December 17, 2008
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Loreen Willenberg Blog: The Lives of Long-Term HIV Nonprogressors
What does it feel like to be told that your body may hold the key to a cure for HIV? There's a small group of HIV-positive people who know exactly how it feels: "Long-term nonprogressors" are people whose immune systems are able to keep their HIV under control without the help of HIV meds. Some (but not enough!) of these people are volunteering for studies that try to determine why their HIV disease doesn't progress the way it does in most people. Loreen Willenberg is one of those volunteers. In her latest blog post on, she shares her thoughts and those of other long-term nonprogressors about what it's like to be in this unusual situation. (Blog from


 Life Span of Monkeys Lengthened With Experimental Treatment
There may be a new light on the HIV treatment horizon: "blocking antibodies." In a study conducted on nine monkeys with simian immunodeficiency virus (the primate equivalent of HIV), a single injection of this experimental treatment allowed the monkeys to survive nearly twice as long as monkeys who did not receive the drug, even though the monkeys all had developed AIDS. The treatment potentially could be modified for use in HIV-positive humans, although this is unlikely to happen for many years. (Article from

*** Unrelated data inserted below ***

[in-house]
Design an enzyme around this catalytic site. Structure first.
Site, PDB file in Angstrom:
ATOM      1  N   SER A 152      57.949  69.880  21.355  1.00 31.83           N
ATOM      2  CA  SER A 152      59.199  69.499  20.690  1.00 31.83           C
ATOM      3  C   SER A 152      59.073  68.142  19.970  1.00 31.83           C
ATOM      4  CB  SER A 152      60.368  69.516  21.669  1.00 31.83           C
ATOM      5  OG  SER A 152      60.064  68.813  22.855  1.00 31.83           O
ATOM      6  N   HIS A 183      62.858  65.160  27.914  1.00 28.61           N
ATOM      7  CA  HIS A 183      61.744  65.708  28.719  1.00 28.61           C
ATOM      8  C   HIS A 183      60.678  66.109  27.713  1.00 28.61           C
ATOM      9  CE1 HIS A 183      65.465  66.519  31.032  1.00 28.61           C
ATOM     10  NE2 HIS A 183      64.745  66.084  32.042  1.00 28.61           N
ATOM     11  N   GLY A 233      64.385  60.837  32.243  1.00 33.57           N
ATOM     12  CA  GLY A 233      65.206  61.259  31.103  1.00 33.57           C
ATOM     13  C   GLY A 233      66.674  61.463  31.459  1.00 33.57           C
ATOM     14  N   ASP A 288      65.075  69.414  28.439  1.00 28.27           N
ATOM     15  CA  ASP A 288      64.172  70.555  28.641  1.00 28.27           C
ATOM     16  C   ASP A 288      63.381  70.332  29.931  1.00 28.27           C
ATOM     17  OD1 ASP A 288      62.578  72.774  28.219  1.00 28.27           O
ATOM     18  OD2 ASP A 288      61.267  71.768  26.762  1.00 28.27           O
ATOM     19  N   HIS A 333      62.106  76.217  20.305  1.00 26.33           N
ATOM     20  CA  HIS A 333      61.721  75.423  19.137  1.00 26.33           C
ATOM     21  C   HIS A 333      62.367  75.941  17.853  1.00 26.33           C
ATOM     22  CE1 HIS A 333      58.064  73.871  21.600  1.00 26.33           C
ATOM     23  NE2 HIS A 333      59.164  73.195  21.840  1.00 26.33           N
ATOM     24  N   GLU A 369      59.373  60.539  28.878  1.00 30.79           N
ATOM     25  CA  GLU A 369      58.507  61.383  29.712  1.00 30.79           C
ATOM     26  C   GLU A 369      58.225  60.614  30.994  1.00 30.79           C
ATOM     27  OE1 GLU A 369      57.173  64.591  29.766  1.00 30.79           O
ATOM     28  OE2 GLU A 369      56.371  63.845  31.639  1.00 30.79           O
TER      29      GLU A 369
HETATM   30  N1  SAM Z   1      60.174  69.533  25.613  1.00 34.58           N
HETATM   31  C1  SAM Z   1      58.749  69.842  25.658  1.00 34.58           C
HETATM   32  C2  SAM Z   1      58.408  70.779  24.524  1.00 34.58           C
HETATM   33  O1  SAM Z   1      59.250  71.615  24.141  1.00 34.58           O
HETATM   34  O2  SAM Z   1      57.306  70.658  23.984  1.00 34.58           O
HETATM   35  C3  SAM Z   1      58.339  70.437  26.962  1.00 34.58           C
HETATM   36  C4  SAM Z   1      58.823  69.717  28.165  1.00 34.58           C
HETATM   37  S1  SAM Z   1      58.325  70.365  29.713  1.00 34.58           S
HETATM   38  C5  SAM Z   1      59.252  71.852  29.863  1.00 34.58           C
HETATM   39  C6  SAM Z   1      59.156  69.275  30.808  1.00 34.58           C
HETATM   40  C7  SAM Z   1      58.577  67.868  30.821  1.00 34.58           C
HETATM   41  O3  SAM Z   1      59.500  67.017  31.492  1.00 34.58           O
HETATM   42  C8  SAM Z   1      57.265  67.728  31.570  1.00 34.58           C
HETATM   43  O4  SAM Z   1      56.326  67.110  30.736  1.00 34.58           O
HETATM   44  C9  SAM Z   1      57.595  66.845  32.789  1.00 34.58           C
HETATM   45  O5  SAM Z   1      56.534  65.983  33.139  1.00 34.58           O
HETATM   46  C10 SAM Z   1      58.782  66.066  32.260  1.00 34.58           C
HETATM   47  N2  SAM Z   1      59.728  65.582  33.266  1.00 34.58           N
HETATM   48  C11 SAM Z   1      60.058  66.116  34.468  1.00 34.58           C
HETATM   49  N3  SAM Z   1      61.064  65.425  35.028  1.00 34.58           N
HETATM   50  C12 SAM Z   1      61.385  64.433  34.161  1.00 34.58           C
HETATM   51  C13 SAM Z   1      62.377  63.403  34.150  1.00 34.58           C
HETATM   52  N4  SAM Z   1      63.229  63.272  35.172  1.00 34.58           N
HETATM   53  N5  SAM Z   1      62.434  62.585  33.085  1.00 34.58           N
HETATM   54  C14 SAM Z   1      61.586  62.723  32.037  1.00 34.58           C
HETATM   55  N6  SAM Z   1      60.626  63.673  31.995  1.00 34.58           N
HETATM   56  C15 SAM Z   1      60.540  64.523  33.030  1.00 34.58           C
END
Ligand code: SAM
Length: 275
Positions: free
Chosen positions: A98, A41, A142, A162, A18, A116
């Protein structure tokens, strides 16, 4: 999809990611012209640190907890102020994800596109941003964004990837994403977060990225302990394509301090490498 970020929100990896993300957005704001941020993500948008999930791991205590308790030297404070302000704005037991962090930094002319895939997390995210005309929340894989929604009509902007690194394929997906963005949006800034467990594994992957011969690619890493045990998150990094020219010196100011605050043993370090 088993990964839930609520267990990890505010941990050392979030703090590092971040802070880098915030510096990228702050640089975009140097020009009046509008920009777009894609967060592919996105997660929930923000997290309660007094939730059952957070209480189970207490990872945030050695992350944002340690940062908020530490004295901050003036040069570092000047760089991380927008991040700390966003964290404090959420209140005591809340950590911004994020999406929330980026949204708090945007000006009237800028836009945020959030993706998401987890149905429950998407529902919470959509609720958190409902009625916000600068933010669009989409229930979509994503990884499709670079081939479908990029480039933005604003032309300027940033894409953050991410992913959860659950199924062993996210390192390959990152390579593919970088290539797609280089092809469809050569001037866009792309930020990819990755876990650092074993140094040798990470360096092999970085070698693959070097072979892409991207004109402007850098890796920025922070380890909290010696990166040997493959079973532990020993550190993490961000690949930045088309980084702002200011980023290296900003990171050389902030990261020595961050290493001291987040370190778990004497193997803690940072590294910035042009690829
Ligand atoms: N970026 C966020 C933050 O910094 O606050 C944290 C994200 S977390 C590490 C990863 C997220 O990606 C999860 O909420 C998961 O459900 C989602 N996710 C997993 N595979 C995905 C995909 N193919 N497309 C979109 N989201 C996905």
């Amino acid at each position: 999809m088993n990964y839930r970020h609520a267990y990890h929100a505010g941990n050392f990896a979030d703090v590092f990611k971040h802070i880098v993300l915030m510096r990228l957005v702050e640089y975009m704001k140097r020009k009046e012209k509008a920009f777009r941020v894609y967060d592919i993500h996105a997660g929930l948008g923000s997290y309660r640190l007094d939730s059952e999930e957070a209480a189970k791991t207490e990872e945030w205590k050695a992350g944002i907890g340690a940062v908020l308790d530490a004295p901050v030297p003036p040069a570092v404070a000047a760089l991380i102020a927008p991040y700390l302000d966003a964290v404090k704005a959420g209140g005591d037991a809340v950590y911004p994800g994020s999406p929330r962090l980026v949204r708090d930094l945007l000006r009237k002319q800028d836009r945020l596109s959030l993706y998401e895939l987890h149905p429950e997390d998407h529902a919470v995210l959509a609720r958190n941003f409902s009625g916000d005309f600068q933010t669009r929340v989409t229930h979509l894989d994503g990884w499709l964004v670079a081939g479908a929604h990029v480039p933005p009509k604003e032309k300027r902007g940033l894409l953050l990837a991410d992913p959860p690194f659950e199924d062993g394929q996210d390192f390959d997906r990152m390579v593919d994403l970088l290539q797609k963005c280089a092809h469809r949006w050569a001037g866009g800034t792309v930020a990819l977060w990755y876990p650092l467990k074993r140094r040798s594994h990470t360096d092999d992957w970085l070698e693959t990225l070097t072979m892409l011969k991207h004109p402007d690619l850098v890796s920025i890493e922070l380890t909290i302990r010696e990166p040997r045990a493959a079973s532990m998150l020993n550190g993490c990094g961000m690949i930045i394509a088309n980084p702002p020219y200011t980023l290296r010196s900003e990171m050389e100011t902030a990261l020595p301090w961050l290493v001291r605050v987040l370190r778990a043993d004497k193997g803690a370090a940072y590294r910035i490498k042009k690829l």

Darker Skin May Be Risk Factor for Vitamin D Deficiency in HIVers, Study Finds
Recent research has shown that HIV-positive people may be at high risk for low vitamin D levels. A new study from the Netherlands suggests that this problem may be more common among HIVers with darker skin: The study of 252 people with HIV found vitamin D deficiency in 63 percent of black people, 44 percent of Asians and 33 percent of people of Mediterranean origin, but just 19 percent of white people. (Study summary from

Vitamin D deficiency is common among all people, HIV positive and HIV negative alike. Are you worried you may have a deficiency? Finding out your vitamin D levels is important, since the nutrient plays a key role in bone health and immune system maintenance. If you want to find out whether you have low vitamin D levels, just ask your doctor the next time you get your blood work. It shouldn't cost more to check, and if you do have low levels, a daily vitamin D supplement is a simple and inexpensive way to fix the problem.